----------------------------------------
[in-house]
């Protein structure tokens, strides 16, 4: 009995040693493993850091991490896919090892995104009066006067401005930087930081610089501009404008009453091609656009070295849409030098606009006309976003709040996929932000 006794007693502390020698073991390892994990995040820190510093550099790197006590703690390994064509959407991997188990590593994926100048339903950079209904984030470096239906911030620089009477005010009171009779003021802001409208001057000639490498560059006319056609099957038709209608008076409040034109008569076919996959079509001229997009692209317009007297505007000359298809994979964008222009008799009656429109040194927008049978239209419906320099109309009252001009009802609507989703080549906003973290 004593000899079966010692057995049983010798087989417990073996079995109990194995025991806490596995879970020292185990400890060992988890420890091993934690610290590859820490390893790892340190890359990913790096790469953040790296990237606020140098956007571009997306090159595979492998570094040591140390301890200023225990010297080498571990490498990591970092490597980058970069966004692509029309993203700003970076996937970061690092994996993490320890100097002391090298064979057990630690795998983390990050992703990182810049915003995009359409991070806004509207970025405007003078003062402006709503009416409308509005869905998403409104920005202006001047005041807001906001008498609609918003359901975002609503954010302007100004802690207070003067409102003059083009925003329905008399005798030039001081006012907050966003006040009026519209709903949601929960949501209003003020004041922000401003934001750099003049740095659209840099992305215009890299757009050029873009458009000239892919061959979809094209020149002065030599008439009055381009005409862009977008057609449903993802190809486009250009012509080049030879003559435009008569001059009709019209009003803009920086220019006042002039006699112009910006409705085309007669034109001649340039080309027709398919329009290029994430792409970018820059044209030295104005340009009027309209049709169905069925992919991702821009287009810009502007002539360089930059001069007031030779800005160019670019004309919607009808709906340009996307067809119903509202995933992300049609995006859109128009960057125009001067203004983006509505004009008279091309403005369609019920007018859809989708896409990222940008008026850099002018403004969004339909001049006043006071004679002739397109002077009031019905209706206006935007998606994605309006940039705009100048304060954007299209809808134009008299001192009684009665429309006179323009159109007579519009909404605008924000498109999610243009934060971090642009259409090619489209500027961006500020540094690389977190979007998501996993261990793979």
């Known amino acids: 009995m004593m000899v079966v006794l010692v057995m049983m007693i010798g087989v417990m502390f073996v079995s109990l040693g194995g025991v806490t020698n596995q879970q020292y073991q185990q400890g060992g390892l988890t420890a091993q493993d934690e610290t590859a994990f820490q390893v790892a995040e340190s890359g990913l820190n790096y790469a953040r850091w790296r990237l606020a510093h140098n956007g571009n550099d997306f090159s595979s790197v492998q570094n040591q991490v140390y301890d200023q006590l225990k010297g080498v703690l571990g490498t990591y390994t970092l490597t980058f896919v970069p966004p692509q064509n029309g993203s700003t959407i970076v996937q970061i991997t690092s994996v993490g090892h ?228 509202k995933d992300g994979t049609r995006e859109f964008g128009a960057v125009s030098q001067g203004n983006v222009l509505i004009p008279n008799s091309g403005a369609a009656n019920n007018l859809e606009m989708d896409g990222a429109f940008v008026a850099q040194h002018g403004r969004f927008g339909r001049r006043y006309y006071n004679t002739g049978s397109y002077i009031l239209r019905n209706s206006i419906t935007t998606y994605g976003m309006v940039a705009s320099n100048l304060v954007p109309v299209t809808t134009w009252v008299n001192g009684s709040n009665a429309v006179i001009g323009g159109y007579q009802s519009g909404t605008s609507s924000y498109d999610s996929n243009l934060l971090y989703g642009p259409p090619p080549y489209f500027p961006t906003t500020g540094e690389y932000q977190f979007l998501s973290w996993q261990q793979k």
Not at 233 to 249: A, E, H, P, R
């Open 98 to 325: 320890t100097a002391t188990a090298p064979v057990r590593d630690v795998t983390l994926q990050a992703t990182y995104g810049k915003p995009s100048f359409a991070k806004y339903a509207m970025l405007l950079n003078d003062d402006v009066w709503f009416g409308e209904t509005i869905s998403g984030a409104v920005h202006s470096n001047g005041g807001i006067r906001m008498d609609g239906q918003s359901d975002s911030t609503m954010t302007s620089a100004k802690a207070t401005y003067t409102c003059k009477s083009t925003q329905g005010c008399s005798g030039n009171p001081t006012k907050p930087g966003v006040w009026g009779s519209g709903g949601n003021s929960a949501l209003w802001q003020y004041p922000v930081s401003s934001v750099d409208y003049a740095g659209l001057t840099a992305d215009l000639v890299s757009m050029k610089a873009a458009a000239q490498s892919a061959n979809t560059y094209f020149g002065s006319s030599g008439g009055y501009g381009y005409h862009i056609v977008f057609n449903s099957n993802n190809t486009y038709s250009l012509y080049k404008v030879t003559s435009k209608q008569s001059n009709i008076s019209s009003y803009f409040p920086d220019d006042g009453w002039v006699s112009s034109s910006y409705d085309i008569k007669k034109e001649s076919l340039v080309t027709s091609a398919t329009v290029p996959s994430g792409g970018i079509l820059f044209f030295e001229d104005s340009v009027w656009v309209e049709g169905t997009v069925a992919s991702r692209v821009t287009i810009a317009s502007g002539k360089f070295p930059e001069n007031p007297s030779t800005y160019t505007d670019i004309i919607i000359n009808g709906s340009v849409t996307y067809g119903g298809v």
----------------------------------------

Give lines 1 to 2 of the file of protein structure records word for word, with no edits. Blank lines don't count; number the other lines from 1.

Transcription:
[in-house]
């Protein structure tokens, strides 16, 4: 009995040693493993850091991490896919090892995104009066006067401005930087930081610089501009404008009453091609656009070295849409030098606009006309976003709040996929932000 006794007693502390020698073991390892994990995040820190510093550099790197006590703690390994064509959407991997188990590593994926100048339903950079209904984030470096239906911030620089009477005010009171009779003021802001409208001057000639490498560059006319056609099957038709209608008076409040034109008569076919996959079509001229997009692209317009007297505007000359298809994979964008222009008799009656429109040194927008049978239209419906320099109309009252001009009802609507989703080549906003973290 004593000899079966010692057995049983010798087989417990073996079995109990194995025991806490596995879970020292185990400890060992988890420890091993934690610290590859820490390893790892340190890359990913790096790469953040790296990237606020140098956007571009997306090159595979492998570094040591140390301890200023225990010297080498571990490498990591970092490597980058970069966004692509029309993203700003970076996937970061690092994996993490320890100097002391090298064979057990630690795998983390990050992703990182810049915003995009359409991070806004509207970025405007003078003062402006709503009416409308509005869905998403409104920005202006001047005041807001906001008498609609918003359901975002609503954010302007100004802690207070003067409102003059083009925003329905008399005798030039001081006012907050966003006040009026519209709903949601929960949501209003003020004041922000401003934001750099003049740095659209840099992305215009890299757009050029873009458009000239892919061959979809094209020149002065030599008439009055381009005409862009977008057609449903993802190809486009250009012509080049030879003559435009008569001059009709019209009003803009920086220019006042002039006699112009910006409705085309007669034109001649340039080309027709398919329009290029994430792409970018820059044209030295104005340009009027309209049709169905069925992919991702821009287009810009502007002539360089930059001069007031030779800005160019670019004309919607009808709906340009996307067809119903509202995933992300049609995006859109128009960057125009001067203004983006509505004009008279091309403005369609019920007018859809989708896409990222940008008026850099002018403004969004339909001049006043006071004679002739397109002077009031019905209706206006935007998606994605309006940039705009100048304060954007299209809808134009008299001192009684009665429309006179323009159109007579519009909404605008924000498109999610243009934060971090642009259409090619489209500027961006500020540094690389977190979007998501996993261990793979």